// Delays script execution while 
      // the Self-Testing Application performs the testing actions
      while(p.Exists)
        aqUtils.Delay(500);
    }

    Python

    def Test():
      # Launches the Self-Testing Application and obtains the process
      # that corresponds to your Self-Testing Application
      p = TestedApps.Items[0].Run()
      # Delays script execution while 
      # the Self-Testing Application performs the testing actions
      while p.Exists:
        aqUtils.Delay(500)

    VBScript

    Sub Test
      ' Launches the Self-Testing Application and obtains the process
      ' that corresponds to your Self-Testing Application
      Set p = TestedApps.Items(0).Run
      ' Delays script execution while
      ' the Self-Testing Application performs the testing actions
      While p.Exists
        aqUtils.Delay 500
      WEnd
    End Sub

    DelphiScript

    procedure Test;
    var
      p : OleVariant;
    begin
      // Launches the Self-Testing Application and obtains the process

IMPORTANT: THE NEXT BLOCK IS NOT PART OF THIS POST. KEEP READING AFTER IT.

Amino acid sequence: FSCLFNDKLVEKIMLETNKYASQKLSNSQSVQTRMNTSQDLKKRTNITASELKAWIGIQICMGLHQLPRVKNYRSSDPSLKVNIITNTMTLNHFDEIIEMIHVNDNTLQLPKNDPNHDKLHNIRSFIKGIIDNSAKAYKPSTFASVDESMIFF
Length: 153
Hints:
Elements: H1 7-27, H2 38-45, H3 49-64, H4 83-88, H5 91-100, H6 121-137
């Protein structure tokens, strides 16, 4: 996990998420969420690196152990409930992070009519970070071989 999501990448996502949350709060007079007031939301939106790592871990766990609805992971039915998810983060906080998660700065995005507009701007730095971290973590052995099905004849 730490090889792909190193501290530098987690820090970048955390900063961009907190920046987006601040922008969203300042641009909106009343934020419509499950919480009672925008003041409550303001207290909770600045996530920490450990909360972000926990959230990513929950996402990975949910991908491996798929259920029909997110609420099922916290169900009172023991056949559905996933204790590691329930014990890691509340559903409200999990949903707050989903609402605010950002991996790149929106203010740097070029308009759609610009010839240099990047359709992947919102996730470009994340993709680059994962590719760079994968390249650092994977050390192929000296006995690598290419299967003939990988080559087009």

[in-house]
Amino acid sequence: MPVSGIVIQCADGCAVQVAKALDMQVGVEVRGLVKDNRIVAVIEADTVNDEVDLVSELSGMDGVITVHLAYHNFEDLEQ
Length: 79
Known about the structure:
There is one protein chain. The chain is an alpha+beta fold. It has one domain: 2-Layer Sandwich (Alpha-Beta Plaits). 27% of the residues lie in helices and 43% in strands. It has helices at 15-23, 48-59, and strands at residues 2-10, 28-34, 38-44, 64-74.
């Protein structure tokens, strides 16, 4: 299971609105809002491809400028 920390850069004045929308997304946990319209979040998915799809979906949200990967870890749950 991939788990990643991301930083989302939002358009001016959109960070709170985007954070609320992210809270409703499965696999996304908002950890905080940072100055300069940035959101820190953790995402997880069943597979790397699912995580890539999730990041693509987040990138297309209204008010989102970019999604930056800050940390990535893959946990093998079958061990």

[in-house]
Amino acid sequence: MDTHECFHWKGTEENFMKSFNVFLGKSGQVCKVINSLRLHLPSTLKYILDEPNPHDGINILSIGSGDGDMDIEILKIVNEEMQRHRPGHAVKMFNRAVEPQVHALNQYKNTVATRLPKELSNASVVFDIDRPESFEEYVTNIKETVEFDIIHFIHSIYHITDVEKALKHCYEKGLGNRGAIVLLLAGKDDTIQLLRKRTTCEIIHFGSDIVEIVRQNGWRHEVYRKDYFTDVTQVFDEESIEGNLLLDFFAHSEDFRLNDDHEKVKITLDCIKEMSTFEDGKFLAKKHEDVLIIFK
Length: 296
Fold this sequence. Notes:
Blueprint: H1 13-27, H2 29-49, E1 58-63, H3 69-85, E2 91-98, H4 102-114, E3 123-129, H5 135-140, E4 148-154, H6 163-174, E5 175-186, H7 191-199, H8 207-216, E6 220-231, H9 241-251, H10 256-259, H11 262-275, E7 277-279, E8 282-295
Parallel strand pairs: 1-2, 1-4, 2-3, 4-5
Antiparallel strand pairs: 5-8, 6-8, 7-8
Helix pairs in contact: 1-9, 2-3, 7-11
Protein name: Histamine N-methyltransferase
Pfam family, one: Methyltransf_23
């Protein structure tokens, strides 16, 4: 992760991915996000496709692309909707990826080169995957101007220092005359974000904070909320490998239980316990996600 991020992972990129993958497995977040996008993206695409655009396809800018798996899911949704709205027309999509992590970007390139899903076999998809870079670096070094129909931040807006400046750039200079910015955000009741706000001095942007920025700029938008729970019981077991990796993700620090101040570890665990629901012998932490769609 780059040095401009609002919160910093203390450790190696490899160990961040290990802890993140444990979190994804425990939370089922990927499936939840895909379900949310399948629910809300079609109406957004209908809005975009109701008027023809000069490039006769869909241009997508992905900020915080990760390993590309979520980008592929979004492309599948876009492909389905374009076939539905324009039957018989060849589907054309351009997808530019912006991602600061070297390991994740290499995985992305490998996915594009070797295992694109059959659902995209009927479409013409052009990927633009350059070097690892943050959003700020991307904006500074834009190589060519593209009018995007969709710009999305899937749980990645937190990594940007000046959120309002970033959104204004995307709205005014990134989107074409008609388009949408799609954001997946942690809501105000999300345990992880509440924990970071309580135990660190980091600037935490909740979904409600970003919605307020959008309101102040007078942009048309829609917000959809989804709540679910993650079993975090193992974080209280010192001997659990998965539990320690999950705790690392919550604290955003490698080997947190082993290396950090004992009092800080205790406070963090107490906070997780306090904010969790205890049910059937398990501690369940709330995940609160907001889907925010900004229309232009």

// that corresponds to your Self-Testing Application
      p := TestedApps.Items[0].Run;
      // Delays script execution while
      // the Self-Testing Application performs the testing actions
      while p.Exists do
        aqUtils.Delay(500);
    end;

    C++Script, C#Script

    function Test()
    {
      var p;
      // Launches the Self-Testing Application and obtains the process
      // that corresponds to your Self-Testing Application
      p = TestedApps["Items"](0)["Run"]();
      // Delays script execution while 
      // the Self-Testing Application performs the testing actions
      while (p["Exists"])
        aqUtils["Delay"](500);
    }
  4. Make sure this code is called when running the current TestComplete project.

  5. As you can see, the script is running until the Self-Testing Application is closed. In order to stop the script run from the Self-Testing Application, use the Runner.Stop method. This method instructs TestComplete that the test run is over and refreshes the Test Log so that it displays the latest test results.

Now you can run the test by clicking the button whose OnClick event handler contains the test code.

See Also

Self-Testing Applications
Running Connected and Self-Testing Applications
Connected Applications - Overview
Creating Connected Applications in C#